ICE Futures Canada canola contracts started the week ended March 23 strong, but finally ran into resistance to post their first weekly declines in nearly two months in the old-crop contracts. However, even the correction lower was short lived, as Friday saw the market attempt to retest those earlier highs.
Overbought price sentiment and pent-up profit-taking was behind the selling in canola, with similar losses in the CBOT (Chicago Board of Trade) soy complex triggering the declines in canola. However, the underlying fundamentals remain quite supportive for the Canadian oilseed and, aside from technicals and outside influences, there are more bullish than bearish factors at play in the market.
With exports and the domestic crush both running at record pace, the concerns over tightening stocks are keeping the end-users as active buyers in canola. That end-user demand is evidenced by basis levels across Western Canada that continue to offer very good pricing opportunities and are still above the futures in many locations.
Canola is definitely the crop of choice this spring, and some industry participants predict acres could top 22 million. Even a more conservative 19-million- to 20-million-acre crop would still be a record, but the fact is — the industry needs that production.
Agriculture and Agri-Food Canada now projects carry-out supplies from the current crop year at about 700,000 tonnes of canola, which would be well below the one million tonnes generally seen as a “comfortable” level for the end-users. Domestic crushers have already crushed 500,000 more tonnes of canola to date than they did at the same point the previous year, despite any softness in crush margins.
Exports are even more impressive, running about 1.5 million tonnes ahead of the year-ago pace, according to the latest Canadian Grain Commission data.
After a couple of disappointing years, where adverse conditions in the spring thwarted some seeding operations, early indications in 2012 point to some favourable planting weather in southern Manitoba. Seeding early does create some risks from a weather standpoint, as frost is still very much a concern. However, it will be interesting to see how many producers are willing to take a bit of a risk this year, especially as the dwindling stocks outlook would seem to suggest any canola harvested earlier this year would be met with strong demand in the summer months.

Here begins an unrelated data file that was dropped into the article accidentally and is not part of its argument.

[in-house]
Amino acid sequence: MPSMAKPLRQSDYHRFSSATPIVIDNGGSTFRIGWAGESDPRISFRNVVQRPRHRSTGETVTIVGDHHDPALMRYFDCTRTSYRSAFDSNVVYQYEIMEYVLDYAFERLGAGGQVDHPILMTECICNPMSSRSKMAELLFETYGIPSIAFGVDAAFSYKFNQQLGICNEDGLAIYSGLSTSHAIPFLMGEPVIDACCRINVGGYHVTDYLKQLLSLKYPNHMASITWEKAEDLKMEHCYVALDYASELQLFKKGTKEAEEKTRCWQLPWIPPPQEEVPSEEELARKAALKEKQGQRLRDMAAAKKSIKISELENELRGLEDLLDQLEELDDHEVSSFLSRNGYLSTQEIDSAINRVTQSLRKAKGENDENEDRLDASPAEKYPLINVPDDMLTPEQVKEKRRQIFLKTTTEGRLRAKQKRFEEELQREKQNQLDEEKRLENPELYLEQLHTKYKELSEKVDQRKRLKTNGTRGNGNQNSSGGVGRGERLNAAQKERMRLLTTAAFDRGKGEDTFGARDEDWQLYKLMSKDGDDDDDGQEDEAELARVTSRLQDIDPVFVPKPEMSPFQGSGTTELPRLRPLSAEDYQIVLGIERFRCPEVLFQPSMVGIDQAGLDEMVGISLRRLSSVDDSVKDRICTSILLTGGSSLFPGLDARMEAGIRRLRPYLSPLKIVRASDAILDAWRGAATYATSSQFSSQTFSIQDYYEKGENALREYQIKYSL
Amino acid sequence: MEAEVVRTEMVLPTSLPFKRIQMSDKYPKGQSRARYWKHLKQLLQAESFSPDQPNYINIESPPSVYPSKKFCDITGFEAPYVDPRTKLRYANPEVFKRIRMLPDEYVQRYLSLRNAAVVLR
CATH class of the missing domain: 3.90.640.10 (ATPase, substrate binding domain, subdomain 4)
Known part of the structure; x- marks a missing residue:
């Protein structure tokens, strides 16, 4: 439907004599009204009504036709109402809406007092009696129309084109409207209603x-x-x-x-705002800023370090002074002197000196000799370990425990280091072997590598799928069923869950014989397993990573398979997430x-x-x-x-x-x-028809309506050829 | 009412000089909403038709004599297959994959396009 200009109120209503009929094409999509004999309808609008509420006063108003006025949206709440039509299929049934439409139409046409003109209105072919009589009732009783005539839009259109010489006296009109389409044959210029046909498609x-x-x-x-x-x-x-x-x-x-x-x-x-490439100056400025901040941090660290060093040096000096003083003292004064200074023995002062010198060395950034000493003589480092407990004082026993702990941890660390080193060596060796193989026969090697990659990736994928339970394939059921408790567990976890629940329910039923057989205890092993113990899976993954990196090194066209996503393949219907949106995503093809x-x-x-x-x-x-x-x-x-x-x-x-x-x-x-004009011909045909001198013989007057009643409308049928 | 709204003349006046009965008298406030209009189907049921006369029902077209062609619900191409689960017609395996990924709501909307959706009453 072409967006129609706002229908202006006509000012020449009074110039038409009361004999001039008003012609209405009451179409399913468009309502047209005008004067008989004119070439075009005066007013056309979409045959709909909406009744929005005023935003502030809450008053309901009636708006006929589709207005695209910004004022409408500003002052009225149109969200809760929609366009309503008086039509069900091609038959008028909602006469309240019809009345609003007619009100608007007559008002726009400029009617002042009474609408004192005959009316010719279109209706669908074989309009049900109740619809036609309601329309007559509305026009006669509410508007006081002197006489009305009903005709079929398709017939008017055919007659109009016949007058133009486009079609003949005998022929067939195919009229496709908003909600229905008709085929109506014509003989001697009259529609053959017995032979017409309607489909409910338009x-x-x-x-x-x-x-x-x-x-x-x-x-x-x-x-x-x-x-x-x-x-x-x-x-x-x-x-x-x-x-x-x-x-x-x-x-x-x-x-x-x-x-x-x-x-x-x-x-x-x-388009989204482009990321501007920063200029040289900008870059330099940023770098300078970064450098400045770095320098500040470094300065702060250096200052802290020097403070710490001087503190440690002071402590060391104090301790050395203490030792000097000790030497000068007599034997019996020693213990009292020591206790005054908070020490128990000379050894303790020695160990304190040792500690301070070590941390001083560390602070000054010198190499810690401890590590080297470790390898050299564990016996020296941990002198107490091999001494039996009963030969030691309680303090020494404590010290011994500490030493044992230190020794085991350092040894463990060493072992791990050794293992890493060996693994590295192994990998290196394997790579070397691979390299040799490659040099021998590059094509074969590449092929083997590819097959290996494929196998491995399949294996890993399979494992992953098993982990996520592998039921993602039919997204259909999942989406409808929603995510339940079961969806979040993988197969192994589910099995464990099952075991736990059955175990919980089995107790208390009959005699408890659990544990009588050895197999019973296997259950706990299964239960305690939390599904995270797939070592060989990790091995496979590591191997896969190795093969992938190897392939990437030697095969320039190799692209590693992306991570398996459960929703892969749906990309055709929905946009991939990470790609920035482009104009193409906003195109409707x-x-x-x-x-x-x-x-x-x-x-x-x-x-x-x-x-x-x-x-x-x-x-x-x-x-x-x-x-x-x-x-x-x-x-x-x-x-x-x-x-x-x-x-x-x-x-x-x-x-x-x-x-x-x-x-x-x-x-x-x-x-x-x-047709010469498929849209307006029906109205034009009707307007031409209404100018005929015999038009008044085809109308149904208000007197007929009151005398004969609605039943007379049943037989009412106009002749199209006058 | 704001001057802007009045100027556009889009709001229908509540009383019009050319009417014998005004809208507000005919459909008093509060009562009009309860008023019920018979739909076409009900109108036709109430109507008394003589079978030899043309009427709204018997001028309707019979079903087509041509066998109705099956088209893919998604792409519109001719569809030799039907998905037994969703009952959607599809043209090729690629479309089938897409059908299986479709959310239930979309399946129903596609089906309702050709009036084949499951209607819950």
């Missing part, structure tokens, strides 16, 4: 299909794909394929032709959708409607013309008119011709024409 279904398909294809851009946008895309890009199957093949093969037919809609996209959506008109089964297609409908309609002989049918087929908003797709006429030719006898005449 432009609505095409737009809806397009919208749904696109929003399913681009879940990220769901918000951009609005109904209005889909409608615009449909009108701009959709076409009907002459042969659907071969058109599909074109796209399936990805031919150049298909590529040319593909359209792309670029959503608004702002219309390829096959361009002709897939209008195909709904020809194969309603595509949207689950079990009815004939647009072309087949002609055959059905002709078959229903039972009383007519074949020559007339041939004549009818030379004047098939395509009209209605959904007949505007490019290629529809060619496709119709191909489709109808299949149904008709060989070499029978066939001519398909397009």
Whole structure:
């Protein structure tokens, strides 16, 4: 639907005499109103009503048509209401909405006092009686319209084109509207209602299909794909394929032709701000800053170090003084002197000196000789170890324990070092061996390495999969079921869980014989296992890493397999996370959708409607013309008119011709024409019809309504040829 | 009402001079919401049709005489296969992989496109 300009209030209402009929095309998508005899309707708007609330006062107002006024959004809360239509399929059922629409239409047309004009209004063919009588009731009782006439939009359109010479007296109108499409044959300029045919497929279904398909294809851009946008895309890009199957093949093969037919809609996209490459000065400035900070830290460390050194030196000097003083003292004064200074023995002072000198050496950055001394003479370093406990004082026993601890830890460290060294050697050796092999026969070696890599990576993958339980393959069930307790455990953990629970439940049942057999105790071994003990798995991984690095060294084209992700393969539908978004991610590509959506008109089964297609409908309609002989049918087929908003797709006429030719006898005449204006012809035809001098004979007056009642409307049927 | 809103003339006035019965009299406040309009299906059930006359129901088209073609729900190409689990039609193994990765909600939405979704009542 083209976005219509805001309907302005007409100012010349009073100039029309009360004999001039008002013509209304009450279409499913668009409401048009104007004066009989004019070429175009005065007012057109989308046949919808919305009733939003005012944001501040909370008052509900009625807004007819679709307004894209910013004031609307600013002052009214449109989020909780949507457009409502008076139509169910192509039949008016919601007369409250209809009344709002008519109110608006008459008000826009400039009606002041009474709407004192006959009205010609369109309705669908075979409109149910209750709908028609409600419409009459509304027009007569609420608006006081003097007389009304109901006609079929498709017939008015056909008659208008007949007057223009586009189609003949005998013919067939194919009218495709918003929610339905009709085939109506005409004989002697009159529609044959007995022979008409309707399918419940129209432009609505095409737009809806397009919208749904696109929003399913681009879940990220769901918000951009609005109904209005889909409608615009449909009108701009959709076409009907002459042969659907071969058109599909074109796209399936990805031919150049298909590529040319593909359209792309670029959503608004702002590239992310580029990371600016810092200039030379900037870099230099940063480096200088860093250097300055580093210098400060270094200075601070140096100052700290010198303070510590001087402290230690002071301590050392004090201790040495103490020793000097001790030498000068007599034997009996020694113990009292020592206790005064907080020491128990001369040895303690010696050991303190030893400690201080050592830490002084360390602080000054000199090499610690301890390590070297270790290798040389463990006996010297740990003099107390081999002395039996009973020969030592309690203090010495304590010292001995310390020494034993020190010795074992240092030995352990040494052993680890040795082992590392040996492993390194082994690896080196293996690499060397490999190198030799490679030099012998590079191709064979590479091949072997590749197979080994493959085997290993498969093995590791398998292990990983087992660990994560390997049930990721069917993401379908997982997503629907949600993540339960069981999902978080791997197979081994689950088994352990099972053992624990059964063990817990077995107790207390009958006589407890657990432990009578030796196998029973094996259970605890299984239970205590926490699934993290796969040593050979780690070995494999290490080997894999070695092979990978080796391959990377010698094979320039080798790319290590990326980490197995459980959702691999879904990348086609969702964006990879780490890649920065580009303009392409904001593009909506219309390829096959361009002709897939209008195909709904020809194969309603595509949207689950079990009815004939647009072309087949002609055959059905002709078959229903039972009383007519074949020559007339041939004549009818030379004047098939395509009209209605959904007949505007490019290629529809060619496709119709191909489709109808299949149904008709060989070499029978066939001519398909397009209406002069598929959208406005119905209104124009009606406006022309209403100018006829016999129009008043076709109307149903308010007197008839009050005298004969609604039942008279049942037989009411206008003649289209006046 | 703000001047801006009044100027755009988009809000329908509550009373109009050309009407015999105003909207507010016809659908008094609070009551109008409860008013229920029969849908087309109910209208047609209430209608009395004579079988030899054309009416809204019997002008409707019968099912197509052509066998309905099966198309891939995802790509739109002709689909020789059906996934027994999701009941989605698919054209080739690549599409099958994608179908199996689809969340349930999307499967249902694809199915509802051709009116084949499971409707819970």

From a technical standpoint, the May canola contract ran into some firm resistance as it failed to hold on to its brief gains above the psychological $600 level. After clawing back from the profit-taking losses, a move back above that chart point could set the stage for more speculative buying. However, if canola fails to see a sustained move higher, there is also a case to be made for a further correction lower — at least in the short term.
Milling wheat and durum futures did see some very minimal activity during the week, moving down in wheat and up in durum. However, the new grain contracts are still far away from being considered liquid. While the contracts have been on the board for two months now, with little to show for it, only new-crop futures are available and the activity is still expected to pick up once there is actually a crop to trade.
In Chicago, soybeans, corn and wheat all ended the week lower, with the largest losses in corn. Profit-taking on recent gains was the feature. However, talk that any declines were only making soybeans and corn more attractive to Chinese buyers, who are rumoured to be looking to make more purchases, did provide underlying support.
Fight for acres
Positioning ahead of the U.S. Department of Agriculture’s March 30 prospective plantings report was also a feature.
The report will be closely watched, and is expected to set the nearby tone in the U.S. grains and oilseeds as both corn and soybeans remain firmly entrenched in their annual fight for acres. Weather conditions across the U.S. Midwest are said to be fairly conducive toward an early start to spring seeding. Early seeding would favour more corn acres, which is likely why corn fell to a greater extent than soybeans during the past week. The USDA recently predicted corn area at 94 million acres, which would be the largest since the Second World War. Private forecasts leading up to the March 30 report have speculated actual seedings could top 95 million, or more.
The USDA will also be releasing updated supply/demand tables on March 30, and traders will be following those numbers closely for a better sense of usage in corn and soybeans. Some analysts have expressed concerns that ending stocks may end up tighter than the USDA has said in the past, especially if production issues in South America swing more demand to the U.S.